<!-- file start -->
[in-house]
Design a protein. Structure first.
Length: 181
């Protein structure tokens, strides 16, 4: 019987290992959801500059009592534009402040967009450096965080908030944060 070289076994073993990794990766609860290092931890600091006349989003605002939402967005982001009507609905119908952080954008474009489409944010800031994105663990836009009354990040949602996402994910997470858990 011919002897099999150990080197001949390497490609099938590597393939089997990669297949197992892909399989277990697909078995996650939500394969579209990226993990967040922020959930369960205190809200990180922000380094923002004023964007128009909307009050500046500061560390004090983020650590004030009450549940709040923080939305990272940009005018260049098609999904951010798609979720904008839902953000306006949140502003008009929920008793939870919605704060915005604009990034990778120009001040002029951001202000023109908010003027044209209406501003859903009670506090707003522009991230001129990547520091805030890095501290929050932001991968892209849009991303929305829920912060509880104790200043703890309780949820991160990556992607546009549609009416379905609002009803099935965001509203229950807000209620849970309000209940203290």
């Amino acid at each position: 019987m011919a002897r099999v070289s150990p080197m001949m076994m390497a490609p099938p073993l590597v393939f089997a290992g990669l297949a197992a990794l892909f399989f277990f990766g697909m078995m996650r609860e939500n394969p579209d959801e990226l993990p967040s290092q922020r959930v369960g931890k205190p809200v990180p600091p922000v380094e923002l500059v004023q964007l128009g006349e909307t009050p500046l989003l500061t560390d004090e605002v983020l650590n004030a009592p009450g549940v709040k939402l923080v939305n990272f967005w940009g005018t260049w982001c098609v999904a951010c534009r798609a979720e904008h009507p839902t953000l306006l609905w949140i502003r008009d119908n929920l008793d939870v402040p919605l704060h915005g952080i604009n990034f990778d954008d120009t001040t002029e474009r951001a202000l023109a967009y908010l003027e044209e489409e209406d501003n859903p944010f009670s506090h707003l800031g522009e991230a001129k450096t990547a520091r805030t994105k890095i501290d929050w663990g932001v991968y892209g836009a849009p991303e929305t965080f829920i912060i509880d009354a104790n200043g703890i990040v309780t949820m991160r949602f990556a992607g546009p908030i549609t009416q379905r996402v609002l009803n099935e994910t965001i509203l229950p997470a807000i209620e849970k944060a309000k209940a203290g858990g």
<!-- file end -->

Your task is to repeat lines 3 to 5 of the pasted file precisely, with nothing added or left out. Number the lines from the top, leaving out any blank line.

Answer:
Length: 181
């Protein structure tokens, strides 16, 4: 019987290992959801500059009592534009402040967009450096965080908030944060 070289076994073993990794990766609860290092931890600091006349989003605002939402967005982001009507609905119908952080954008474009489409944010800031994105663990836009009354990040949602996402994910997470858990 011919002897099999150990080197001949390497490609099938590597393939089997990669297949197992892909399989277990697909078995996650939500394969579209990226993990967040922020959930369960205190809200990180922000380094923002004023964007128009909307009050500046500061560390004090983020650590004030009450549940709040923080939305990272940009005018260049098609999904951010798609979720904008839902953000306006949140502003008009929920008793939870919605704060915005604009990034990778120009001040002029951001202000023109908010003027044209209406501003859903009670506090707003522009991230001129990547520091805030890095501290929050932001991968892209849009991303929305829920912060509880104790200043703890309780949820991160990556992607546009549609009416379905609002009803099935965001509203229950807000209620849970309000209940203290």
């Amino acid at each position: 019987m011919a002897r099999v070289s150990p080197m001949m076994m390497a490609p099938p073993l590597v393939f089997a290992g990669l297949a197992a990794l892909f399989f277990f990766g697909m078995m996650r609860e939500n394969p579209d959801e990226l993990p967040s290092q922020r959930v369960g931890k205190p809200v990180p600091p922000v380094e923002l500059v004023q964007l128009g006349e909307t009050p500046l989003l500061t560390d004090e605002v983020l650590n004030a009592p009450g549940v709040k939402l923080v939305n990272f967005w940009g005018t260049w982001c098609v999904a951010c534009r798609a979720e904008h009507p839902t953000l306006l609905w949140i502003r008009d119908n929920l008793d939870v402040p919605l704060h915005g952080i604009n990034f990778d954008d120009t001040t002029e474009r951001a202000l023109a967009y908010l003027e044209e489409e209406d501003n859903p944010f009670s506090h707003l800031g522009e991230a001129k450096t990547a520091r805030t994105k890095i501290d929050w663990g932001v991968y892209g836009a849009p991303e929305t965080f829920i912060i509880d009354a104790n200043g703890i990040v309780t949820m991160r949602f990556a992607g546009p908030i549609t009416q379905r996402v609002l009803n099935e994910t965001i509203l229950p997470a807000i209620e849970k944060a309000k209940a203290g858990g």